As you sit reading this you may not be aware that the furnishings and decor in your home are the root cause of many of yours and your family’s ailments. While health practitioners are rather quick to prescribe drugs, which in themselves have many unwanted side effects, they are not getting to the basics of having a healthy environment to live in and the drugs are only masking the effects of inhalation of toxins or the toxins that that are slowly leaching into the bloodstream via the skin.

Some of the most toxic areas in your home are soft furnishings including beds, settees and carpets, wall coatings including paints and sprays for other reasons IE mould repellents, and windows, doors and other things that are made from PVCs.

Low IQs and Cancers from Flame Retardants in our Furniture

Studies show that the chemicals used in flame retardants in furnishings which can migrate and settle in dust in our homes, have shown up in breast milk, babies and toddlers as well. What is known and very alarming is that these levels are known to lower the IQ and can slow down brain development in early years.

Yet this is only the tip of the iceberg.

Besides the fact that these chemicals which are in widespread use in California have an impact during crucial developmental stages, they are also known to be ineffective in preventing fires, and worst of all they give out highly toxic and carcinogenic fumes as they come into contact with fire.

As the world bases flame retardants regulations on California’s “OLD” regulations from the 1970’s then it is highly likely that your furniture in your home is killing you softly too.

Brominated Flame Retardants in Widespread Use

BFRs are now used in almost all types of electrical and electronic products typically found in homes, offices and motor vehicles. They are used in the plastic casing of equipment such as TVs and computers and in components such as plastic circuit boards and insulating materials. They are also widely used in textiles, furniture and polyurethane foams for other uses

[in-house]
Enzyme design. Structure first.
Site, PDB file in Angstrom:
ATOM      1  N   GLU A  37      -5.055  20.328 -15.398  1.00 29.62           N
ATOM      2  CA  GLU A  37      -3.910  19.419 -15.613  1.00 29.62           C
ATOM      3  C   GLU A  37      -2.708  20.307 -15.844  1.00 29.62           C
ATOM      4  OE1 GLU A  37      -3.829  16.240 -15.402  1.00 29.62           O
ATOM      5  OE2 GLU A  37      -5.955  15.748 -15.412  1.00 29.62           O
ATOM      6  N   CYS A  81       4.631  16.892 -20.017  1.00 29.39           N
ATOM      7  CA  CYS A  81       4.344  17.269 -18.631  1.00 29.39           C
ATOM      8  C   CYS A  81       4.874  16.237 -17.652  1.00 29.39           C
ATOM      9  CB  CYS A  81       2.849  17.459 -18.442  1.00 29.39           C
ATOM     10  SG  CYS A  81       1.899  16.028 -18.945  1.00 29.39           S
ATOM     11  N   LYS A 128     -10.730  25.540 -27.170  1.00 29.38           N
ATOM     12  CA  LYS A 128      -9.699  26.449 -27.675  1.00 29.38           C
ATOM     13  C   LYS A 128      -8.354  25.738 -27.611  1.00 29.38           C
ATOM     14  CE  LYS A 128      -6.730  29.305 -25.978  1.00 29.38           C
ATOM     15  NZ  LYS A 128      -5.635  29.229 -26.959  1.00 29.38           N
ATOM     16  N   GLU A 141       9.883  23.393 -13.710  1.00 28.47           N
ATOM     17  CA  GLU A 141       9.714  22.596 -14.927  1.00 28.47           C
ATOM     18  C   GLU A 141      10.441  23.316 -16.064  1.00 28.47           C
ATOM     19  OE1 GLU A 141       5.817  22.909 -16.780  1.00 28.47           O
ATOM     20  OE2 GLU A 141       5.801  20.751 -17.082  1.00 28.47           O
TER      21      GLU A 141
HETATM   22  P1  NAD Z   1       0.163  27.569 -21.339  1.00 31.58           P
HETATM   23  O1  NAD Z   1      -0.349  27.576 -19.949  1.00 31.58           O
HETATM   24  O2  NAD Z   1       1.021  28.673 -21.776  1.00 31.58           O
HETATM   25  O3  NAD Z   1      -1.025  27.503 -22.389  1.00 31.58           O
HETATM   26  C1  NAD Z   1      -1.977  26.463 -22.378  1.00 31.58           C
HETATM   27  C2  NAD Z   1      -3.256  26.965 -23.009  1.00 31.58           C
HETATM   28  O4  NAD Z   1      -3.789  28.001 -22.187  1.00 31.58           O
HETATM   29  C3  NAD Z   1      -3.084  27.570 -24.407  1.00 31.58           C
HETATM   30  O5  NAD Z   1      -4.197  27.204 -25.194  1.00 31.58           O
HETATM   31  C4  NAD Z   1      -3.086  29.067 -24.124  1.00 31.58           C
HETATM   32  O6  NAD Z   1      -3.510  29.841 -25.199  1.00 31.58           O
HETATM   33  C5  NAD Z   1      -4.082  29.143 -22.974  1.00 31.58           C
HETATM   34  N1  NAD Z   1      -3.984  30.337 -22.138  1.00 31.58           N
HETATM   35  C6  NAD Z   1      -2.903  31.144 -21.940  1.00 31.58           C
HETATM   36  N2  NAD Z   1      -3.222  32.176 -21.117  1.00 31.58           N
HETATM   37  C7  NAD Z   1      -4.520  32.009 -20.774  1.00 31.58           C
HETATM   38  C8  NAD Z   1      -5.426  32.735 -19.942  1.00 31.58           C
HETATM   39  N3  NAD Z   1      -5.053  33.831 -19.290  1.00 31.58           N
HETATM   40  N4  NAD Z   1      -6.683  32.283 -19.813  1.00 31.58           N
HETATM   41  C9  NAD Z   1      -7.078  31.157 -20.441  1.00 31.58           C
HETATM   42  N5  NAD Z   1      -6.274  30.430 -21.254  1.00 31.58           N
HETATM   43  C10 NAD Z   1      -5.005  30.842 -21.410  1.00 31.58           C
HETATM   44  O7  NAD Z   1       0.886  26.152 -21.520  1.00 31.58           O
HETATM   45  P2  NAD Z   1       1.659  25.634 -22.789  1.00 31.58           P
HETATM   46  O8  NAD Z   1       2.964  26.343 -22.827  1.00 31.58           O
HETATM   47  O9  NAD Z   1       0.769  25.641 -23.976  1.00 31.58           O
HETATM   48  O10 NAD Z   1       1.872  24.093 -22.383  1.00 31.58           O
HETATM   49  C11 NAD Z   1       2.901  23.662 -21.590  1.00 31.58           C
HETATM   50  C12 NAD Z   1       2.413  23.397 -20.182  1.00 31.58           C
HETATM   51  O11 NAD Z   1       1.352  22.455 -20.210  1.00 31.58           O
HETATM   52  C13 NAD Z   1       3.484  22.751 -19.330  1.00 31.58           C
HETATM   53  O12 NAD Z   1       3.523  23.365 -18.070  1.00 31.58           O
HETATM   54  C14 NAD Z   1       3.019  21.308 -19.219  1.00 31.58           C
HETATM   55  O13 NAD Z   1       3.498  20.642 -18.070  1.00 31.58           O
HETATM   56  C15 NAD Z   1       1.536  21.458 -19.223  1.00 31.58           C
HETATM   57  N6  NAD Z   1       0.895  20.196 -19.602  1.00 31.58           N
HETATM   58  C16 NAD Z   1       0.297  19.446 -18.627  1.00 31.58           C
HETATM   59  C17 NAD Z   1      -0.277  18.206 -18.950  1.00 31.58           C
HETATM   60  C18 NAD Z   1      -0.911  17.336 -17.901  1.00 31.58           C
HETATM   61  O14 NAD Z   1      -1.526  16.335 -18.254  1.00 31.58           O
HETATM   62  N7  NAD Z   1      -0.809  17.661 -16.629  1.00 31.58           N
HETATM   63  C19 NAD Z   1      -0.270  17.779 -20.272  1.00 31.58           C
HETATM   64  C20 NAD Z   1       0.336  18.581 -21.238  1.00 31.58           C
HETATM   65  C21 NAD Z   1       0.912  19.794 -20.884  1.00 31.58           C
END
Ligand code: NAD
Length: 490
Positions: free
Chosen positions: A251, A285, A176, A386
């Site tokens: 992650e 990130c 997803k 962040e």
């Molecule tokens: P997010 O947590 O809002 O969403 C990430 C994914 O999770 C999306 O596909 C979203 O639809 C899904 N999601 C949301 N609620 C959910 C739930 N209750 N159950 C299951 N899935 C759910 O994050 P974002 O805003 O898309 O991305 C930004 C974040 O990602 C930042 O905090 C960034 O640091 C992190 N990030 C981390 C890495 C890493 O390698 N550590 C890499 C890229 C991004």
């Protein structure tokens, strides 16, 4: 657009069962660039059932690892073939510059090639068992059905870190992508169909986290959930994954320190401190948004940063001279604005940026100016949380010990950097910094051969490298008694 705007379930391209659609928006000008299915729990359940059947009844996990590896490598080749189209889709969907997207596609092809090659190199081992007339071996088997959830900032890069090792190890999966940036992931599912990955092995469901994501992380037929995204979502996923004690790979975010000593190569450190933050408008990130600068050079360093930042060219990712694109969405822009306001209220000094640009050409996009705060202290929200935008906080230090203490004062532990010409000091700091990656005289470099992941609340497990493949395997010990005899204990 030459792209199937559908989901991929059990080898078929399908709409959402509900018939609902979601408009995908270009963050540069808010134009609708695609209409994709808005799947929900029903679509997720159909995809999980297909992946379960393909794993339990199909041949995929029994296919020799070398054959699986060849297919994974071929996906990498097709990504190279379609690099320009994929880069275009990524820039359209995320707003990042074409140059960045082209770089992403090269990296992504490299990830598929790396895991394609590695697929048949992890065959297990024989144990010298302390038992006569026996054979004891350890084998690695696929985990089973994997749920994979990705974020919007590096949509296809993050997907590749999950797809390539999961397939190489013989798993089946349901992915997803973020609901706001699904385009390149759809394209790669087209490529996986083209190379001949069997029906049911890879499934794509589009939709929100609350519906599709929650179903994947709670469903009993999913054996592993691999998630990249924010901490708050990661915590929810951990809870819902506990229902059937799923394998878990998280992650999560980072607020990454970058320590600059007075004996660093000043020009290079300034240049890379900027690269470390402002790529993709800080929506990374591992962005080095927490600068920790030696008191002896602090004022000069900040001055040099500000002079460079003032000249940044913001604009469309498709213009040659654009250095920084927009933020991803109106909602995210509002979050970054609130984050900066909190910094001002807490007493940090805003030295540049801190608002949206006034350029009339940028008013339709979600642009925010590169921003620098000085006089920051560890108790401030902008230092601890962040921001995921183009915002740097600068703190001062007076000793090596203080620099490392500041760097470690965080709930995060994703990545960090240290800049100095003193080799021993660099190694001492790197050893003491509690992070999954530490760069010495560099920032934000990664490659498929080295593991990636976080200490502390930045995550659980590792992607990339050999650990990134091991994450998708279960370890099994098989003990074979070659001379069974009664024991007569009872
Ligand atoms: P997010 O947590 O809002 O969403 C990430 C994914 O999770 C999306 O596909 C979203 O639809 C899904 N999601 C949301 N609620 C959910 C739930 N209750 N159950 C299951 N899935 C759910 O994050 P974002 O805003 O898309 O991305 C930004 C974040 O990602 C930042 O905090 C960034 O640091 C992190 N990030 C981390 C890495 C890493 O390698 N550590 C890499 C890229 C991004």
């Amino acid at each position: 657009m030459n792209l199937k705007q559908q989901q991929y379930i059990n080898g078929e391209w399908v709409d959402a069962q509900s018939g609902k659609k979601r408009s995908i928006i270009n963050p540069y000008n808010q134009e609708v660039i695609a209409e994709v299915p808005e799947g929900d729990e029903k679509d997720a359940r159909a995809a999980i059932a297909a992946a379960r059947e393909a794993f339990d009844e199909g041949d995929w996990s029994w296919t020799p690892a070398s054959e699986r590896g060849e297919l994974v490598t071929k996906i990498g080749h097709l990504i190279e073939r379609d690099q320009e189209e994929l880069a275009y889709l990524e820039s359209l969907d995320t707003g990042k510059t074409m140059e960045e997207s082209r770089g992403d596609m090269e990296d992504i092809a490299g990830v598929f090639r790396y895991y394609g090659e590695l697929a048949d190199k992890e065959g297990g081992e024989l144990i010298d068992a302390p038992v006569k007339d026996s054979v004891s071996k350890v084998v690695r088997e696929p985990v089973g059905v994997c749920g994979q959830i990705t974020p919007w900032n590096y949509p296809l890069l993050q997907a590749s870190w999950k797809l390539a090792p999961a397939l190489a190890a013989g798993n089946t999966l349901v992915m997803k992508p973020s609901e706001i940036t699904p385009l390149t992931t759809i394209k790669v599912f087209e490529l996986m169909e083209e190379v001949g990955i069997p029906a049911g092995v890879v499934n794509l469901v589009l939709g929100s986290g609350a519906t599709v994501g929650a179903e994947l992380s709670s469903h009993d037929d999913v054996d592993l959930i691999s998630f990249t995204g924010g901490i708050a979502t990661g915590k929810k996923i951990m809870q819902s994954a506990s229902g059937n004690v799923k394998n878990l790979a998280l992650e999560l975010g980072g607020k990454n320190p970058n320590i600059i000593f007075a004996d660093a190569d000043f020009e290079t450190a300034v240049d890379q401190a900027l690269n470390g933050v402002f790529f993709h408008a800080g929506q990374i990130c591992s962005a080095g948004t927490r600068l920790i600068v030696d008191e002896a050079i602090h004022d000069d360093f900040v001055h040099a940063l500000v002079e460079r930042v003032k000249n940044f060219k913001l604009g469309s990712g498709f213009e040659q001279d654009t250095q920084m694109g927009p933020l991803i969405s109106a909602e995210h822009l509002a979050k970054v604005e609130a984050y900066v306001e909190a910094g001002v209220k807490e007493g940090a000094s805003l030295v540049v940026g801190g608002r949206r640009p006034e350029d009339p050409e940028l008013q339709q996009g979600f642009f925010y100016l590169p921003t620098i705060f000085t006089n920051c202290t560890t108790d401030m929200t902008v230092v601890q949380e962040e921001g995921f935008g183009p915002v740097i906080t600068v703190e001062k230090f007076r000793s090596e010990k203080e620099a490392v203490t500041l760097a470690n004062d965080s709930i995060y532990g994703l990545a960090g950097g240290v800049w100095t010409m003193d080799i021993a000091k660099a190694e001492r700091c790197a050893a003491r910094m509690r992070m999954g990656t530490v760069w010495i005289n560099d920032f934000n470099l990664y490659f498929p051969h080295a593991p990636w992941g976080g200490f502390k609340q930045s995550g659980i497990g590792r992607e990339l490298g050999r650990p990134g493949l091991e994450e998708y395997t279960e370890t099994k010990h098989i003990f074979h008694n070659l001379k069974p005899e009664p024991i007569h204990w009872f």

The RSC website “Why do we worry about Brominated Flame Retardants?”

Should we be concerned?

Is it better to be safe from a fire than to consider the long term health implications of all of these retardants and chemicals in our homes?  It seems that are as yet no real alternatives and if hundreds of lives can be saved from fires then the benefits of flame retardants will still significantly outweigh the longer term health implications which according to a Food Standards Agency investigation (see dietary intake levels of certain BFRs are well below those that would have implications on health are minimal in the human food chain in the UK in 2003 and 2004.  I guess you can make your own mind up on this one!

Flame Retardants give out Toxic Fumes when Exposed to Fire

As you can see in the following video, firemen are showing high levels of these carcinogenic toxins in their systems and some firemen are now found to have cancer which is explicitly caused by working with dangerous chemicals, specifically the fumes from the flame retardant furnishings.

 

Flame retardants in our furnishings are not the only chemicals in our homes that could have long term health implications.